We have three variables here: wife (did the person marry a goat or a dog?), their love of animals (animal) and their life_satisfaction score. The tidy format is to arrange the data in three columns. There are several ways to do this, here’s one of them:

tibble::tibble(.rows = 20) %>%
dplyr::mutate(
wife = c(rep("Goat", 12), rep("Dog", 8)) %>% forcats::as_factor(),
animal = c(69, 25, 31, 29, 12, 49, 25, 35, 51, 40, 23, 37, 16, 65, 39, 35, 19, 53, 27, 44),
life_satisfaction = c(47, 6, 47, 33, 13, 56, 42, 51, 42, 46, 27, 48, 52, 66, 65, 61, 60, 68, 37, 72)
) %>%


The data can be found in discovr::animal_bride.

One of my favourite activities, especially when trying to do brain-melting things like writing statistics books, is drinking tea. I am English, after all. Fortunately, tea improves your cognitive function – well, it does in old Chinese people at any rate (Feng, Gwee, Kua, & Ng, 2010). I may not be Chinese and I’m not that old, but I nevertheless enjoy the idea that tea might help me think. Here are some data based on Feng et al.’s study that measured the number of cups of tea drunk per day and cognitive functioning (out of 80) in 15 people. Enter these data into R and export to a file called tea_makes_you_brainy_15.csv.

We have two variables here: the number of cups of tea a person drinks per day (tea) and their cognitive functioning out of 80 (cog_fun) The tidy format is to arrange the data in three columns. There are several ways to do this, here’s one of them:

tibble::tibble(.rows = 15) %>%
dplyr::mutate(
tea = c(2, 4, 3, 4, 2, 3, 5, 5, 2, 5, 1, 3, 3, 4, 1),
cog_fun = c(60, 47, 31, 62, 44, 41, 49, 56, 45, 56, 57, 40, 54, 34, 46)
) %>%


The data can be found in discovr::tea15.

Statistics and maths anxiety are common and affect people’s performance on maths and stats assignments; women in particular can lack confidence in mathematics (Field, 2010). Zhang, Schmader and Hall (2013) did an intriguing study in which students completed a maths test in which some put their own name on the test booklet, whereas others were given a booklet that already had either a male or female name on. Participants in the latter two conditions were told that they would use this other person’s name for the purpose of the test. Women who completed the test using a different name performed significantly better than those who completed the test using their own name. (There were no such significant effects for men.) The data below are a random subsample of Zhang et al.’s data. Enter them into R and export the file as zhang_2013_subsample.csv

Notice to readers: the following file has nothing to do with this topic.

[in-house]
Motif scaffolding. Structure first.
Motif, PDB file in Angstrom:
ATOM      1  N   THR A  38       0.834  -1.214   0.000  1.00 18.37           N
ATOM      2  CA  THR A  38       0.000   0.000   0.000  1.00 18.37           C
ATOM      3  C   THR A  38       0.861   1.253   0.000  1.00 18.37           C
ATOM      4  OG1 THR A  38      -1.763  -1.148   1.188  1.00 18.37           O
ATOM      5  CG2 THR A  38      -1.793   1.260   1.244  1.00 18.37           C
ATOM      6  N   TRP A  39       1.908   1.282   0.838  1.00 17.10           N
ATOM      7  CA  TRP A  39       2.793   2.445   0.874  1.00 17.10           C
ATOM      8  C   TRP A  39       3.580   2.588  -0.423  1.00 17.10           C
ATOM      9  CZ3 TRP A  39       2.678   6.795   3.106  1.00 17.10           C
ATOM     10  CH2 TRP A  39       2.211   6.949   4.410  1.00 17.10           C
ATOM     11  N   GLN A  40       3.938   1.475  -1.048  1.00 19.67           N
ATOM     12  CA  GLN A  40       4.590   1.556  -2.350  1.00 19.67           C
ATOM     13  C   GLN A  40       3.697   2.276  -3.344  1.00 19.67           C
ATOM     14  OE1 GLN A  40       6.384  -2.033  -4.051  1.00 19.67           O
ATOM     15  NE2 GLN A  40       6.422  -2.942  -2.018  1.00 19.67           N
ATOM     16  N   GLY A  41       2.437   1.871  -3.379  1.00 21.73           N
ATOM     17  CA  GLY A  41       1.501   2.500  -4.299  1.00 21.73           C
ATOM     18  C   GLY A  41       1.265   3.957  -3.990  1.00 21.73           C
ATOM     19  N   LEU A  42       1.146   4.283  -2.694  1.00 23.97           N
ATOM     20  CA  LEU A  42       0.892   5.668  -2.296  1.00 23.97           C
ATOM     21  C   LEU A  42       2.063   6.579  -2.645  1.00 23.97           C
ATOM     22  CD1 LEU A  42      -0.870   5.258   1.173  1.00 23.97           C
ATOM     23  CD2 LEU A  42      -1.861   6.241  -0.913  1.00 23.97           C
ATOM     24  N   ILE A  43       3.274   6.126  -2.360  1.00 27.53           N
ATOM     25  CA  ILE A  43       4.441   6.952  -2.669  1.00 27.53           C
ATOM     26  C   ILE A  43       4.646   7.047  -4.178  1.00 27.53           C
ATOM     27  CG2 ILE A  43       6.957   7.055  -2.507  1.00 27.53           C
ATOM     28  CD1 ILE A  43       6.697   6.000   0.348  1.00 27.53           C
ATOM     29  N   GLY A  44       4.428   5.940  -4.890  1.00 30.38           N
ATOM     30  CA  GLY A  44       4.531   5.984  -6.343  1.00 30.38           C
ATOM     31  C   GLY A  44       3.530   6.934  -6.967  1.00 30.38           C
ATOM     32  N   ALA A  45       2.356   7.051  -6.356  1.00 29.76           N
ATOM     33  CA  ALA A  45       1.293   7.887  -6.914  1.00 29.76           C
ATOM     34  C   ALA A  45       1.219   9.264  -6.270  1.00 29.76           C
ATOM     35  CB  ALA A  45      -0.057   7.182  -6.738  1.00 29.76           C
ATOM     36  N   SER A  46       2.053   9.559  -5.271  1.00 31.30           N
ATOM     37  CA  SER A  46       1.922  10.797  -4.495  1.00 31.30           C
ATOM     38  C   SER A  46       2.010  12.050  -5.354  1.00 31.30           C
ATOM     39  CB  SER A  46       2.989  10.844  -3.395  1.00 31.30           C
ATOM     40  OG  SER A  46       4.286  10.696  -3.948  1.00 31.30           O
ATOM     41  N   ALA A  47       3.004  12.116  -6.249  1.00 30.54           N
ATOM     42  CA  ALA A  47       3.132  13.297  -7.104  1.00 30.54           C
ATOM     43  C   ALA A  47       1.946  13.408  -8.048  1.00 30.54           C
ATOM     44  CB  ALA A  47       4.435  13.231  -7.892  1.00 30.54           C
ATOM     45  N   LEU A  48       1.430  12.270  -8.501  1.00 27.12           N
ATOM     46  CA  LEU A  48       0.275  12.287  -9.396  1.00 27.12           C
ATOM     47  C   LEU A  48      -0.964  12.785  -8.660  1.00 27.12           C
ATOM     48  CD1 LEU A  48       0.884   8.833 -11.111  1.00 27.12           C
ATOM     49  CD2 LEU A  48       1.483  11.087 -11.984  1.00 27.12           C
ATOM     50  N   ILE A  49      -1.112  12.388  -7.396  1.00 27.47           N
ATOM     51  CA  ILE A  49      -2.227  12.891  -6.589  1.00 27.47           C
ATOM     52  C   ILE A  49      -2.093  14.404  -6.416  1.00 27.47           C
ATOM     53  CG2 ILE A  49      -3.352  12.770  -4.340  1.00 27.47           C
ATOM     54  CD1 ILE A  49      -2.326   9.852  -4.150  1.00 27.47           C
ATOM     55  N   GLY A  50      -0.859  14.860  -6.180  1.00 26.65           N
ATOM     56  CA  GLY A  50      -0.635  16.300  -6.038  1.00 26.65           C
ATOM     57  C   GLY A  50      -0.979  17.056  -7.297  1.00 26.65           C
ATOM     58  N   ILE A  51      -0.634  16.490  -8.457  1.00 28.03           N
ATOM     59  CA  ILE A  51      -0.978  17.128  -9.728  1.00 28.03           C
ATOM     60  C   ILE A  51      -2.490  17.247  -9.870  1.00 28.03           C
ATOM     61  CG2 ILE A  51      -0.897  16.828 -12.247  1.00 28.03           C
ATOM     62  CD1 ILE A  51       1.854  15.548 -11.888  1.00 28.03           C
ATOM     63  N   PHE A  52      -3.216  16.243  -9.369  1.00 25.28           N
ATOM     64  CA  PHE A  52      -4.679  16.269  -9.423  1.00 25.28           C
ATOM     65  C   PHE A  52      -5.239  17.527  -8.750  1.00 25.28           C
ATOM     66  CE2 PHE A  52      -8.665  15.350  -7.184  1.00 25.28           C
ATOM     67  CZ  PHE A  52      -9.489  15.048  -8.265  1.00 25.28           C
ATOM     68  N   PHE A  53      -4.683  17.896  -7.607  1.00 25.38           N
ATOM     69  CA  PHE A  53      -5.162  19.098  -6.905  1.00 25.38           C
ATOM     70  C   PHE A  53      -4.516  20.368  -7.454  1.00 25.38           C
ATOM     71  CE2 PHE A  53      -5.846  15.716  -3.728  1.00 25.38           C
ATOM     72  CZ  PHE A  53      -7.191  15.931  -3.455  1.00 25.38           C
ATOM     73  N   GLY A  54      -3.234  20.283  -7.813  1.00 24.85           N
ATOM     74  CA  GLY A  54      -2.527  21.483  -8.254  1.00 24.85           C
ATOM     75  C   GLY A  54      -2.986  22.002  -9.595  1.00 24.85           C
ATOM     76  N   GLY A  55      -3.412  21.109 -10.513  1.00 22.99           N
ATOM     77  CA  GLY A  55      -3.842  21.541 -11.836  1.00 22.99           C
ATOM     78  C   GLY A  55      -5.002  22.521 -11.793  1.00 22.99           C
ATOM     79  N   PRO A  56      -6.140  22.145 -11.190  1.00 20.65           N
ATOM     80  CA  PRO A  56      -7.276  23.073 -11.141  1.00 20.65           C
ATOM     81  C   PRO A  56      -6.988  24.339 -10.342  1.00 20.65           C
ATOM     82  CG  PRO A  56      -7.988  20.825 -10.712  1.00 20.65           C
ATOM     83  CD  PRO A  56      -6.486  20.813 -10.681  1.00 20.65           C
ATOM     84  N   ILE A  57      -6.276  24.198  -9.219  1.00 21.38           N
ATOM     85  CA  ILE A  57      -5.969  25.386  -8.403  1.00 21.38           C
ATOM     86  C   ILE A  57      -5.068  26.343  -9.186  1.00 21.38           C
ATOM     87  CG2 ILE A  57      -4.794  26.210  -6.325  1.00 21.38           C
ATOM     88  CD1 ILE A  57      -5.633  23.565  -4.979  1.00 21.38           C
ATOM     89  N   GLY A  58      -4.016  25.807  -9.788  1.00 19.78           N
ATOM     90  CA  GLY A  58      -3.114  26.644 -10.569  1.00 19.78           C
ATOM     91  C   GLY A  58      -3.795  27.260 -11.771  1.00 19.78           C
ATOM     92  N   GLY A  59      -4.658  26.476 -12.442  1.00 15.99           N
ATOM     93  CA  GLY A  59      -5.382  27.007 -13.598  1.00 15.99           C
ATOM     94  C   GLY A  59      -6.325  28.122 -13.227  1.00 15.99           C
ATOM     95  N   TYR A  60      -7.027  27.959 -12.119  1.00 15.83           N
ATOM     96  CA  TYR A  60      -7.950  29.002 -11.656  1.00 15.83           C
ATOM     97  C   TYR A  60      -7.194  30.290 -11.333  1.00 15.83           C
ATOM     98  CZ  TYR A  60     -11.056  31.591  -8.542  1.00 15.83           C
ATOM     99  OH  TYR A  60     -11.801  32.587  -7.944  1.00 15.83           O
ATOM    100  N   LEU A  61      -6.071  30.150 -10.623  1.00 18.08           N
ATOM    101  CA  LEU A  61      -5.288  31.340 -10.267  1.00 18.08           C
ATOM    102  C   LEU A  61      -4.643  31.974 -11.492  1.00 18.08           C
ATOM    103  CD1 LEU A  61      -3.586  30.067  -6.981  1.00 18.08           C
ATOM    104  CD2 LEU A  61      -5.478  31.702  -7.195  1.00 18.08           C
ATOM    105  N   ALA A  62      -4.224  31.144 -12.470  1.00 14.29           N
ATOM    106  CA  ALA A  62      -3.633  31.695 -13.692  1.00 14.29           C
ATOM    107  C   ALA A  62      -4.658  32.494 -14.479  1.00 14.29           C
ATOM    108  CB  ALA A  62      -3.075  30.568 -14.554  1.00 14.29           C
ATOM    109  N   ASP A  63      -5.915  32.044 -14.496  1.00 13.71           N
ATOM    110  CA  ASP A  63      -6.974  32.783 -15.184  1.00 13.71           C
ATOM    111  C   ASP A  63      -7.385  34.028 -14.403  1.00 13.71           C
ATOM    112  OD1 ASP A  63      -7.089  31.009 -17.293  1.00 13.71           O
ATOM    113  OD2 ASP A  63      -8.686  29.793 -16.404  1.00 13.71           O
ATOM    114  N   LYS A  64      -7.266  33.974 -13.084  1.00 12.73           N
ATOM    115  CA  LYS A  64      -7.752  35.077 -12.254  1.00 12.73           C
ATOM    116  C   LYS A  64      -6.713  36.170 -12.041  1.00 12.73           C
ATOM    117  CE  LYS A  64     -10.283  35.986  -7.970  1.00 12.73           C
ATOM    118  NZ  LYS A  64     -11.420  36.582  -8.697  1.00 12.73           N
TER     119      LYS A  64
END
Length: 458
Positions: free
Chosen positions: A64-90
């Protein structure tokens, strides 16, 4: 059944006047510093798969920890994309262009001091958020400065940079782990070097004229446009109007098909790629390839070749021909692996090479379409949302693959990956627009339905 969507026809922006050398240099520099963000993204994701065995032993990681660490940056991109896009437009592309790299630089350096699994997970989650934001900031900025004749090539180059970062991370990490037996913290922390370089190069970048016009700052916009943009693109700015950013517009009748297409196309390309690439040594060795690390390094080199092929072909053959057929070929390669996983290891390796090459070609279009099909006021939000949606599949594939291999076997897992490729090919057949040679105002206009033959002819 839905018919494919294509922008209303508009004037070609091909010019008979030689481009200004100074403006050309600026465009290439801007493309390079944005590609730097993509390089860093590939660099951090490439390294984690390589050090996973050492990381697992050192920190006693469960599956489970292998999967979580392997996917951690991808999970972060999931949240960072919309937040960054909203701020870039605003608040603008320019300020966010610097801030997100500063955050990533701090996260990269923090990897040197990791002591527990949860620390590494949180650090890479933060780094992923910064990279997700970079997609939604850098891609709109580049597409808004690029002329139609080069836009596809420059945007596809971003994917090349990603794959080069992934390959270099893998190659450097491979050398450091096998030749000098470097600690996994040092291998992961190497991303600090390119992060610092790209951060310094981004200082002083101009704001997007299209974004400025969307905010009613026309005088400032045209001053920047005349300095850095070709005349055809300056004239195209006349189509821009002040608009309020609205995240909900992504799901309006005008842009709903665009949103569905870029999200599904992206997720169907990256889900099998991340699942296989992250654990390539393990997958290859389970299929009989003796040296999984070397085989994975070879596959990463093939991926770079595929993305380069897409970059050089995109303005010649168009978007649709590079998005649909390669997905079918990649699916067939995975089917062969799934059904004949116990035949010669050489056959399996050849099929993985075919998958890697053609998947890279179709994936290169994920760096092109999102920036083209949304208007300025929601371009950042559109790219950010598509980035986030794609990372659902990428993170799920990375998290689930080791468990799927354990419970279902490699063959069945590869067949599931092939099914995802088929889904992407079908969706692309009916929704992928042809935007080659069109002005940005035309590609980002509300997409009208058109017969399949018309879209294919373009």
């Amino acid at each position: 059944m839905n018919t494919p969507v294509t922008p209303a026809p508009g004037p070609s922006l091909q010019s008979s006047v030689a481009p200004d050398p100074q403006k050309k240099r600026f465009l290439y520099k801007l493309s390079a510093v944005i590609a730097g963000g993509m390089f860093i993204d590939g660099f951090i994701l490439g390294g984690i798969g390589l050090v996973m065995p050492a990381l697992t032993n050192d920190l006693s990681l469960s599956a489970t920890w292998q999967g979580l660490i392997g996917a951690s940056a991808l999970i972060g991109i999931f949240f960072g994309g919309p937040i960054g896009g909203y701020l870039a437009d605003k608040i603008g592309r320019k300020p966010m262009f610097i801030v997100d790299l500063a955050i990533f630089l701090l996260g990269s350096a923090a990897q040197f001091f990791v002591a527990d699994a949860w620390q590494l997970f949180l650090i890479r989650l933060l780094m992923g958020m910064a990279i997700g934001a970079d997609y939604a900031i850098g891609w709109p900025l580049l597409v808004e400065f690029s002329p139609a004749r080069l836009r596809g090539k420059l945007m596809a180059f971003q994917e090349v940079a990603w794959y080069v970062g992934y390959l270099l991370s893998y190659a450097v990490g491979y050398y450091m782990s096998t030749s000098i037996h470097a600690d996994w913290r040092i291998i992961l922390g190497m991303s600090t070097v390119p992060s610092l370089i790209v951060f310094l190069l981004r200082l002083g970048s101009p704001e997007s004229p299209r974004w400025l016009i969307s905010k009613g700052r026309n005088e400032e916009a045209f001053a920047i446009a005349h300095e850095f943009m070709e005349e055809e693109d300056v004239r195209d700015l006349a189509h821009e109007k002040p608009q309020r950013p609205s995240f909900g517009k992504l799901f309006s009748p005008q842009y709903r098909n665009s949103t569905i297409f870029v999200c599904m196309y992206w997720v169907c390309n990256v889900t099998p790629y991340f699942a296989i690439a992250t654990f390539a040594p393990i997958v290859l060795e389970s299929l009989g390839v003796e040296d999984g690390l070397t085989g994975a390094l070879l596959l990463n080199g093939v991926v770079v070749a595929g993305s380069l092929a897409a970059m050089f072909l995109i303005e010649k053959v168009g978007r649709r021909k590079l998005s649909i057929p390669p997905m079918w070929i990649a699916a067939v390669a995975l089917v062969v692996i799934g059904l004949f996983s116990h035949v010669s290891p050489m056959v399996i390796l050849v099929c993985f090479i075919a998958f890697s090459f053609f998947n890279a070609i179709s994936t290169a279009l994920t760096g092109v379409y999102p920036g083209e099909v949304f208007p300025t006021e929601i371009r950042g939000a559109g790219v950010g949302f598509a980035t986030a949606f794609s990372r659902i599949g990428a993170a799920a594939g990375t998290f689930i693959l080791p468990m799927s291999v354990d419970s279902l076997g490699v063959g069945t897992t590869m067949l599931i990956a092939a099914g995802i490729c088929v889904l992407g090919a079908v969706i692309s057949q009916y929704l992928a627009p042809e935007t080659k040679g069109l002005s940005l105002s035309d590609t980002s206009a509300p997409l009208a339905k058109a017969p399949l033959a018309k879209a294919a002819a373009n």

The design of this study is such that different people were put in one of three different conditions (female fake name, male fake name, own name), but the groups are not equal. In the female fake name group there were 10 females but only 7 males, in the fake male name there were 10 females and 9 males, and in the own name condition 7 females and 9 males. With a bit of adding we can see that there were 27 females in total, and 25 males. We’re going to have to use a lot of rep() statements and keep our wits about us!

We have three variables: whether the participant was male or female (sex), which booklet condition they were in (name_type) and their test score (accuracy). I’ve also included a participant id, just so that your data matches the file zhang_2013_subsample.csv that I provide for you. We can enter the data as follows (there are other ways too …):

tibble::tibble(.rows = 52) %>%
dplyr::mutate(
id = c(171, 35, 57, 36, 53, 176, 76, 184, 64, 166, 14, 100, 30, 49, 157, 14, 68, 71, 4, 40, 66, 27, 61, 27, 36, 33, 120, 113, 95, 99, 78, 32, 43, 183, 103, 31, 86, 54, 5, 20, 13, 59, 58, 188, 187, 15, 50, 9, 45, 60, 73, 189) %>% forcats::as_factor(),
sex = c(rep("Female", 27), rep("Male", 25)) %>% forcats::as_factor(),
name_type = c(rep("Female fake name", 10), rep("Male fake name", 10), rep("Own name", 7), rep("Female fake name", 7), rep("Male fake name", 9), rep("Own name", 9)) %>% forcats::as_factor(),
accuracy = c(33, 22, 46, 53, 14, 27, 64, 62, 75, 50, 69, 60, 82, 78, 38, 63, 46, 27, 61, 29, 75, 33, 83, 42, 10, 44, 27, 53, 47, 87, 41, 62, 67, 57, 31, 63, 34, 40, 22, 17, 60, 47, 57, 70, 57, 33, 83, 86, 65, 64, 37, 80)
) %>%


The data are in discovr::zhang_sample.